When I was 10, my family took a sabbatical to Chapel Hill, North Carolina. Before that we lived in Williamsville New York, a suburb of Buffalo. My father was a Chemistry professor at SUNY/Buffalo, and so every seven years, he could take a sabbatical and visit another university to do research.
At the time of that first sabbatical, I had decidedly mixed feelings. I wasn’t a particularly adventurous or outgoing child. My face didn’t light up at the thought of new places and new adventures. I thought more about missing my friends, especially my best friend who lived next door, who was also named Karen.
Looking back now, of course I’m glad we did it. Adults are like that; we have the benefit of hindsight. It was the only time I have ever lived in the southern United States, and we experienced the famous southern hospitality and friendliness. My school in upstate New York had been pretty uniformly white, and my time in North Carolina was the first time I got to have black friends and teachers.
Over spring break, which included Easter, my best friend Karen and her family came to visit us for a camping trip on the Outer Banks of Cape Hatteras. We hadn’t seen each other for months, and social media didn’t exist yet.
I don’t honestly remember all that well, but if subsequent experience is any indication, the reunion was probably awkward.
But we finally went off together, just the two Karens, and we started drawing circles in the sand. The waves came in and washed them away. We drew more, and tried halfheartedly to run away from the waves before they got our feet wet.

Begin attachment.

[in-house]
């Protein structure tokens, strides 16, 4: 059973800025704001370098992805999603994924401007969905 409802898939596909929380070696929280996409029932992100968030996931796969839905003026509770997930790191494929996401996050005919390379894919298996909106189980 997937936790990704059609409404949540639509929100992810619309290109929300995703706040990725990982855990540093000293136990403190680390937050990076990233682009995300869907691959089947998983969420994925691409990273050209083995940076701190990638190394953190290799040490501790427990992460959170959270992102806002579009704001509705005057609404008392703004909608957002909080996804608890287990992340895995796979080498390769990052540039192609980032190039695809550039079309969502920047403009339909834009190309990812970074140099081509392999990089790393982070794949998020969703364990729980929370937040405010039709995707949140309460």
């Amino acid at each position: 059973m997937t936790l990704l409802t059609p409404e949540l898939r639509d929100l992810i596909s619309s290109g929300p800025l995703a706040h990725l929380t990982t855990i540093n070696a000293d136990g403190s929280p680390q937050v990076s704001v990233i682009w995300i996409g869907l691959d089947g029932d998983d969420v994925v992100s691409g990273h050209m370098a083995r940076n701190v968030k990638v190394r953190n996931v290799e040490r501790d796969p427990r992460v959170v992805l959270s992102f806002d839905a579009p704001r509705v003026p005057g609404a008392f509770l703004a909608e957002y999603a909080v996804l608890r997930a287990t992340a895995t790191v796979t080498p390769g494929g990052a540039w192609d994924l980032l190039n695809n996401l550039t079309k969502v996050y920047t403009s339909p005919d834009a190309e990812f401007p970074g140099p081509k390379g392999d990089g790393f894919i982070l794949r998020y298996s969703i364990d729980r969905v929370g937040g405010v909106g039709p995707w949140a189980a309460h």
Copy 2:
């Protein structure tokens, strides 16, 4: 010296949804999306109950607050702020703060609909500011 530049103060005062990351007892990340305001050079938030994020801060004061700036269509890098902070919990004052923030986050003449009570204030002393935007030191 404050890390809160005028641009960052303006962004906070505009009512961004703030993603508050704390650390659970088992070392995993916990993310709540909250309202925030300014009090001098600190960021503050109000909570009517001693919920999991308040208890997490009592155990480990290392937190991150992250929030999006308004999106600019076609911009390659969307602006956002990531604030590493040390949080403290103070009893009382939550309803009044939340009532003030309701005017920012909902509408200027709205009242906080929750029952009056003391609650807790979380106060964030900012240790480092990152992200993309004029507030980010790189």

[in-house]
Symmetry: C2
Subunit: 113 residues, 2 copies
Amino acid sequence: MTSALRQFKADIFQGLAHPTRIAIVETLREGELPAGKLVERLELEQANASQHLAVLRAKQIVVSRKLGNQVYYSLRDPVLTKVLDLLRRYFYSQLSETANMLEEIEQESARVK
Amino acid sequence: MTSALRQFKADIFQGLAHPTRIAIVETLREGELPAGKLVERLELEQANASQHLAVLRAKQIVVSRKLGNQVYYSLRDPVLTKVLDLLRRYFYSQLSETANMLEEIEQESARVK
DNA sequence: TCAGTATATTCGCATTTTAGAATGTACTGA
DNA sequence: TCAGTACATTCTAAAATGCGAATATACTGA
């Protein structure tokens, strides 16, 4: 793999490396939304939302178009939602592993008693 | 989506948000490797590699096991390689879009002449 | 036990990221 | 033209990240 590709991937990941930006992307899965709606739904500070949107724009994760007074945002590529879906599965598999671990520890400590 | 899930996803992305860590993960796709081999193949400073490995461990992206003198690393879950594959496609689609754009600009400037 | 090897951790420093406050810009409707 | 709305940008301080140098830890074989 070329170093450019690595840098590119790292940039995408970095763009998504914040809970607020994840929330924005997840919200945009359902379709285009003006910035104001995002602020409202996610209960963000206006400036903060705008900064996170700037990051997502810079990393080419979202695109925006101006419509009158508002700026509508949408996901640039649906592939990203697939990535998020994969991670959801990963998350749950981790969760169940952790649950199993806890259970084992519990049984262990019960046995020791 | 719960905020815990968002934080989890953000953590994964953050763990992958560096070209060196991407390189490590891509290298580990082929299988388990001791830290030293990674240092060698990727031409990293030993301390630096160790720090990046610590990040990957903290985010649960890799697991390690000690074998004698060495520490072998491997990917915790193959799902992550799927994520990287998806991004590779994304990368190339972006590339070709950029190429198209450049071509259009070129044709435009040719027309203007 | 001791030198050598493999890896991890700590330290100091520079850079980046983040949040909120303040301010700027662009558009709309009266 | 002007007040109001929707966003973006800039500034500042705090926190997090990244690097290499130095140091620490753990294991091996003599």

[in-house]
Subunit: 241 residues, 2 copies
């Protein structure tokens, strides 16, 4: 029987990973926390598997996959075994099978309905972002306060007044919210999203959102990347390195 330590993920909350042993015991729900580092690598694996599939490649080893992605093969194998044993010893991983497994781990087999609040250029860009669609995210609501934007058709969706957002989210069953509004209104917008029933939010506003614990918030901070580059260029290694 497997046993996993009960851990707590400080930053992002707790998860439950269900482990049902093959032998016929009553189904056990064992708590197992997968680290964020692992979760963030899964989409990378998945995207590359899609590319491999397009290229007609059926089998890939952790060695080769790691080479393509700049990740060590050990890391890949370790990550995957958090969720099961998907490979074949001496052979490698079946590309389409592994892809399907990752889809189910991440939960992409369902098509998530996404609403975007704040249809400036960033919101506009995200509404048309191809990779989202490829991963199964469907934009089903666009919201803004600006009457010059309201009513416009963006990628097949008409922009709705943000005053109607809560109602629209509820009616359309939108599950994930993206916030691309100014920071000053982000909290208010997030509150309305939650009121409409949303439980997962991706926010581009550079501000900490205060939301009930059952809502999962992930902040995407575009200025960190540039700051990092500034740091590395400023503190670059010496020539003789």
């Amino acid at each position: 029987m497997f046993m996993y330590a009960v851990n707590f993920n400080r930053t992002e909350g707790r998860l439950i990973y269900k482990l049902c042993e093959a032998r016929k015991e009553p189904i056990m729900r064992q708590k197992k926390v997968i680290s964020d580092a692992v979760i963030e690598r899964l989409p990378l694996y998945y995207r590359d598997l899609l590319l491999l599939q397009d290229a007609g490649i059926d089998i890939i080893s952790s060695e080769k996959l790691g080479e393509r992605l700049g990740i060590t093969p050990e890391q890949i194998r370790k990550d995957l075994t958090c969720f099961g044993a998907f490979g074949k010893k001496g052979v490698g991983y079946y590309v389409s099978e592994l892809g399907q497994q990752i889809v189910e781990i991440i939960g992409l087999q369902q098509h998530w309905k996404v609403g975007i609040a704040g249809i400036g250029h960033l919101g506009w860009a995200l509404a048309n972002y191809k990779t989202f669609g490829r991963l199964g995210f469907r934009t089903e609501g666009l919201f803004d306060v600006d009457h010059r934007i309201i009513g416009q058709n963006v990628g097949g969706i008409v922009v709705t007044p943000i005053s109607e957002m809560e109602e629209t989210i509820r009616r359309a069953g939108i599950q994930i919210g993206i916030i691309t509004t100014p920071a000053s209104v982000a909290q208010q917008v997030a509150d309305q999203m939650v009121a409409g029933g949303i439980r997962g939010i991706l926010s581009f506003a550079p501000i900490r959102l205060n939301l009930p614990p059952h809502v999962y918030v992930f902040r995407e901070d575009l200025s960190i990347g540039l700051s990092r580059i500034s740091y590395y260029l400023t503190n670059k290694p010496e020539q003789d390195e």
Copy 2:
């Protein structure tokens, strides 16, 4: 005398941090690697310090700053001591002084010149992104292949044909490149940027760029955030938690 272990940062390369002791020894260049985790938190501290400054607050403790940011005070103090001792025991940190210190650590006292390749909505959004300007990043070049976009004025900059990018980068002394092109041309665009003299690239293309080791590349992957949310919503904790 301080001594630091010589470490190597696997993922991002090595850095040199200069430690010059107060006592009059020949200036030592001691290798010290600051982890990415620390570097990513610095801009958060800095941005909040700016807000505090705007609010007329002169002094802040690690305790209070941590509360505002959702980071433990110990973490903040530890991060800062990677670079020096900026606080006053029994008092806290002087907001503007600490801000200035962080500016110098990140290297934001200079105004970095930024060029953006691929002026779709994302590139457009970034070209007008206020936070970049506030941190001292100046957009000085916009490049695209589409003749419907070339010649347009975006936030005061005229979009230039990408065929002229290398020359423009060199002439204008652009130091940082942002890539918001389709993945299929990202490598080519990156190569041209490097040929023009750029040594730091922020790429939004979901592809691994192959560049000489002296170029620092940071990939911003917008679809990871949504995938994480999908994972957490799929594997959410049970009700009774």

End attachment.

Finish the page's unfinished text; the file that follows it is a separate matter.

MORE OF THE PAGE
Then she drew a heart, and inside it she wrote, “Love is being a Buffalo Sabres fan.” As I read it, trying to figure out what it said, I stood there too long, and got drenched up to my knees by a wave. After that we ran back and forth, into and out of the waves, writing about Buffalo’s hockey team in the sand and watching it wash away. Improbably, back in Williamsville, we both had been Buffalo Sabres fans, collecting stamps from the grocery store to fill a collector’s book, going to the mall to get autographs, following their improbable run to the Stanley Cup Finals the previous year. But hockey was not much of a thing in North Carolina, and I’d let it slide. Now we reconnected over these sand drawings.
“What happened to you?” demanded our parents when we returned to the campsites, wet from head to toe. Just a walk along the beach, drawing circles in the sand.
Yesterday I had what realistically is probably my last viola lesson with my current teacher. Probably . . . realistically . . . clearly I don’t want this to have been my last lesson. Qualifying adverbs much? We left it open that as moving day approaches, if I want some time to do something hands-on that uses a different part of my brain than packing and decluttering (like, I dunno, PLAYING AN INSTRUMENT?), I should come over and have another lesson. She’ll be there.